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The New York Times has published a brief letter that I wrote in response to an op-ed piece entitled “The War in Washington Square” by my NYU colleague Jeff Goodwin, who is a professor of sociology.

Here’s the text of my letter as they published it:

I have been working on the N.Y.U. Abu Dhabi project with N.Y.U. colleagues from different disciplines since 2008. I continue to be impressed by these colleagues’ idealistic purpose; they are dedicated to the belief that education is our best means for fostering a constructive dialogue between the United States and the Arab and Islamic worlds, which is crucial in the century ahead. That dialogue may not be easy, but dialogue between parties who don’t entirely share one another’s views never is.

I am grateful to John Sexton for making N.Y.U. Abu Dhabi happen. My colleague Jeff Goodwin is correct that “it is doubtful that faculty members would have chosen to build” the Abu Dhabi campus. Refusing this chance to engage in dialogue would have been a profound mistake.

CYRUS R. K. PATELL
Abu Dhabi, March 21, 2013

The writer is associate dean of humanities at N.Y.U. Abu Dhabi.

The letter appears with three other letters under the headline “N.Y.U.’s President: Visionary or Autocrat“? The other letters are by Martin Lipton, the chairman of NYU’s board of trustees (reiterating the board’s support of President Sexton and his initiatives for NYU’s growth); by a 1970 alumna (opposed to the creation of a campus in the UAE because the country doesn’t recognize the state of Israel); and by a more recent grad (thanking Sexton for “improving [his] alma mater”).

The published text of my letter is an edited version of what I sent to them. I did approve their changes. Here’s the original version (omitted phrases in bold):

To the Editor:

Re: “The War in Washington Square” (opinion, 20 March 2013)

I have been working on the NYU Abu Dhabi project since 2008. Collaborating with NYU colleagues from different disciplines to put together this new liberal arts college has been the most rewarding service work I have ever done.

I continue to be impressed by these colleagues’ sense of idealistic purpose; they are dedicated to the belief that education is our best means for fostering a constructive dialogue between the US and the Arab and Islamic worlds, which is a crucial task in the century ahead. That dialogue may not be easy, but dialogue between parties who don’t entirely share one another’s views never is.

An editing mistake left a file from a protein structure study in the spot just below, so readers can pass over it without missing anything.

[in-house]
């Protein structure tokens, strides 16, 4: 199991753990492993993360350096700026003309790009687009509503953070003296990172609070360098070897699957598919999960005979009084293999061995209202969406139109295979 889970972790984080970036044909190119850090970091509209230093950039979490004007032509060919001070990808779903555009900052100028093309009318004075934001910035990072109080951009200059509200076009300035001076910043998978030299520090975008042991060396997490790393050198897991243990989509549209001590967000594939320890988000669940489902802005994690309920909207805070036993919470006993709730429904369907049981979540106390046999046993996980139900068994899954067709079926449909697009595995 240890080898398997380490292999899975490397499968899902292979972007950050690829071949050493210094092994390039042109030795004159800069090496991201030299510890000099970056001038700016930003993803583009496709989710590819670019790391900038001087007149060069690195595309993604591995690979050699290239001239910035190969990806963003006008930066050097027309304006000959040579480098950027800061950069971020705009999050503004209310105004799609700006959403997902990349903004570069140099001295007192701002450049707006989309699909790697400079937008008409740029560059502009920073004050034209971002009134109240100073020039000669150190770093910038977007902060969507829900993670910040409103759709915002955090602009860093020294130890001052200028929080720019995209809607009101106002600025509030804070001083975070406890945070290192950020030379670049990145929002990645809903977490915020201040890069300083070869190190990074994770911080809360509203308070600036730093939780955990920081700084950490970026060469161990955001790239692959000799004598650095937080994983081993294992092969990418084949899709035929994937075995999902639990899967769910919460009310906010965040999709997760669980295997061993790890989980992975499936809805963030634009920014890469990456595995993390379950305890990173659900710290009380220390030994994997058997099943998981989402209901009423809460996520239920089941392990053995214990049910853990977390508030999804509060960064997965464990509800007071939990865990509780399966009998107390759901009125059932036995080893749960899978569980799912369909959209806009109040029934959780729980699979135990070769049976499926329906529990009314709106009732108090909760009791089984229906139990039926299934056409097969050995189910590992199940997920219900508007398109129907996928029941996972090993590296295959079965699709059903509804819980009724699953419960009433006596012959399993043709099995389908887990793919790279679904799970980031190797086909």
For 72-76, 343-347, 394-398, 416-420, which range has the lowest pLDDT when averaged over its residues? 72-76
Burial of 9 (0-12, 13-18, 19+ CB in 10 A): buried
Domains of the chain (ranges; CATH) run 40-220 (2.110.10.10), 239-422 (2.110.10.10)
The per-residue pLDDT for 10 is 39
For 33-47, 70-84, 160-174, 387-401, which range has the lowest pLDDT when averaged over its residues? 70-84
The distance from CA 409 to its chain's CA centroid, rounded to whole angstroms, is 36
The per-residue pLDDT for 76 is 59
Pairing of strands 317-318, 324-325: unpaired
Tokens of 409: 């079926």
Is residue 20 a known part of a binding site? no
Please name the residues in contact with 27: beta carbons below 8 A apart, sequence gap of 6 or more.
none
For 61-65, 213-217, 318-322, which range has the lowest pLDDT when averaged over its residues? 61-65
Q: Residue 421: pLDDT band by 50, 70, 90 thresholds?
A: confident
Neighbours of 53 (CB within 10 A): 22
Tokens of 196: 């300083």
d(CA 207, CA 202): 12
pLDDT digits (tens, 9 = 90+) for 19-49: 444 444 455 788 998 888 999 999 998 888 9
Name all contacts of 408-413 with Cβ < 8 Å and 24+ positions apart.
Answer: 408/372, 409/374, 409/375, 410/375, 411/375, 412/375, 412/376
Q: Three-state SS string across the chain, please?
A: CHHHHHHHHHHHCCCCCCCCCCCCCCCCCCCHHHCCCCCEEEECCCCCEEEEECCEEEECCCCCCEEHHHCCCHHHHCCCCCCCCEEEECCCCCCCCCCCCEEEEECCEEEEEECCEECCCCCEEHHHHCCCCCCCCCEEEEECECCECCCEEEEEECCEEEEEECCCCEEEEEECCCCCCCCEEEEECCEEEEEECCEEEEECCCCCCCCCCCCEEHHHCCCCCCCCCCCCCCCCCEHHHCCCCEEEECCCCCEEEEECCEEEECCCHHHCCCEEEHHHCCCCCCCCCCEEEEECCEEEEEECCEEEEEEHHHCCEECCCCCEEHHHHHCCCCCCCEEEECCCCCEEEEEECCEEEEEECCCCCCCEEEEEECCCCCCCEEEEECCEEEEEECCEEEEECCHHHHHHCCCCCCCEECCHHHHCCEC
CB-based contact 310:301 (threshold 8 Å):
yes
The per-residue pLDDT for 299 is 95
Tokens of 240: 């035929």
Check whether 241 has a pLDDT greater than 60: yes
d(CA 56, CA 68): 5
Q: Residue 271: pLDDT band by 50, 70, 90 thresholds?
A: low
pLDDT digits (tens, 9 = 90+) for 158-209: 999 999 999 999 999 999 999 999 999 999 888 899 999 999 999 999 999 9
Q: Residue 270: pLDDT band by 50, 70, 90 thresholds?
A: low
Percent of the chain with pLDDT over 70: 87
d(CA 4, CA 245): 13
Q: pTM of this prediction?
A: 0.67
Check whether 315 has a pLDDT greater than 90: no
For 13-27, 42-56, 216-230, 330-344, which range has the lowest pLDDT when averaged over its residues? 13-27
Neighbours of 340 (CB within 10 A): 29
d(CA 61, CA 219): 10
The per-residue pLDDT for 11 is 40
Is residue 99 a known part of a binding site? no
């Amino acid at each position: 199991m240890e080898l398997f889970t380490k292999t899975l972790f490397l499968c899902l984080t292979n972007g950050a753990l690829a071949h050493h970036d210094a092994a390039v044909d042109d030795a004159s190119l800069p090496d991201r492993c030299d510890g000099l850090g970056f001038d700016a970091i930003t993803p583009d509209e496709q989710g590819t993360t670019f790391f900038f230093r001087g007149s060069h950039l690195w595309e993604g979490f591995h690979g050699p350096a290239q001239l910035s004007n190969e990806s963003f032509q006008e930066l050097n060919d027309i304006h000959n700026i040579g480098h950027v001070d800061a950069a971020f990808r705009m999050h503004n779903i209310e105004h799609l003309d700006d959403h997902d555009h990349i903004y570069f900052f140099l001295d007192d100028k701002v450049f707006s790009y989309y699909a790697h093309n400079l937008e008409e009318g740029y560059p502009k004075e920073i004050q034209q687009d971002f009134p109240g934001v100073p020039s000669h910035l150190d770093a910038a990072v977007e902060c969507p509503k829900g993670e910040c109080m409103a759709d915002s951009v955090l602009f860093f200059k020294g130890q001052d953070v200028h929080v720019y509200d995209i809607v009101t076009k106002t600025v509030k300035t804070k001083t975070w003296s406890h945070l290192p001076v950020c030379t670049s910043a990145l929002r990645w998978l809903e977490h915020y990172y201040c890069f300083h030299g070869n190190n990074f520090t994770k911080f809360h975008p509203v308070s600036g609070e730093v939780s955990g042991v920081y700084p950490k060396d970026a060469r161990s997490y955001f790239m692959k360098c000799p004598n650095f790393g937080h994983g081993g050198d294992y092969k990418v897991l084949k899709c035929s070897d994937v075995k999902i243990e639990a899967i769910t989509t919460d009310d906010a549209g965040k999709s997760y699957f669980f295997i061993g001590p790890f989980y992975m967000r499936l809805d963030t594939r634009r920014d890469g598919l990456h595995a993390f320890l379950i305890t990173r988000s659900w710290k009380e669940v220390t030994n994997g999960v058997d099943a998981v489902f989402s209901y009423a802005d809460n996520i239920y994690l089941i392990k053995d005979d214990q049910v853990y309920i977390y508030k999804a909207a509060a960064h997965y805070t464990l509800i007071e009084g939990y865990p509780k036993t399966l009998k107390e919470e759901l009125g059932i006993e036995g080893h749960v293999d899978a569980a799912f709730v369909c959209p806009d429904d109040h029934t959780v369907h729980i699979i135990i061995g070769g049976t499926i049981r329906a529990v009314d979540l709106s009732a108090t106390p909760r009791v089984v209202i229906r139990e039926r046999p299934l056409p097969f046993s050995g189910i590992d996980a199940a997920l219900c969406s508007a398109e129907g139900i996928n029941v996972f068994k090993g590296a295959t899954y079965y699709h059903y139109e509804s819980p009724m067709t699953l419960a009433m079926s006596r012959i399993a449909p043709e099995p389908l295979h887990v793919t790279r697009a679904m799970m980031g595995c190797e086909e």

I am grateful to President Sexton for making NYU Abu Dhabi happen. My colleague Jeff Goodwin is correct to assert that “it is doubtful that faculty members would have chosen to build” the Abu Dhabi campus. Refusing this chance to engage in dialogue would have been a profound mistake.

Reasonably similar, though I regret the loss of the sentence “Collaborating with NYU colleagues from different disciplines to put together this new liberal arts college has been the most rewarding service work I have ever done.” Because it has been.

The Times generally imposes a limit of 150 words on letters to the editor. That’s no easy task for an academic in the humanities: we sneeze and 150 words come out. Here’s my first draft, twice the required length:

I am in my twentieth year as a faculty member at NYU and have been working on the NYU Abu Dhabi project since 2008, when I joined  the “Humanities Coordinating Group” that was putting together the initial Humanities curriculum and hiring the first group of Humanities faculty. I was invited to serve because of my interest in undergraduate education and my ongoing scholarly and pedagogical work on cosmopolitanism. Most professors hate serving on university committees, but working with my colleagues from different disciplines to put together a new liberal arts college for the twenty-first century was the most rewarding service work I had ever done at NYU. I was impressed then — and continue to be impressed now — by the sense of idealistic purpose motivating those involved with the project. NYU Abu Dhabi has given me the chance to work with some very, very smart people, all dedicated to the belief that constructive dialogue between the US and the Arab and Islamic worlds is a crucial task for the twenty-first century and that education is our best means for fostering that dialogue. That dialogue isn’t easy, but then dialogue between parties who don’t entirely share one another’s views never is. And those are the kind of dialogues that are the most crucial to have.

Those of us who have helped to build NYU Abu Dhabi, whether presently based in New York or in Abu Dhabi, are grateful to President Sexton for making the NYU Abu Dhabi initiative happen. My New York colleague Jeff Goodwin, with whom I once served on an undergraduate curriculum committee for the College of Arts and Science, is no doubt correct to assert that  “it is doubtful that faculty members would have chosen to build campuses in countries where academic freedom, and free speech generally, are so parlous.” And that would have been a truly regrettable missed opportunity, not only for NYU, but for the United States.

Cyrus R. K. Patell;
Associate Professor of English, NYU
Associate Dean of Humanities, NYU Abu Dhabi

In the end, though, I think I like the unedited short version the best. Special thanks to my in-house editor, who helped me trim the first draft to the required length.

[The graphic above is by Alex Nabaum and appeared online with the four letters.]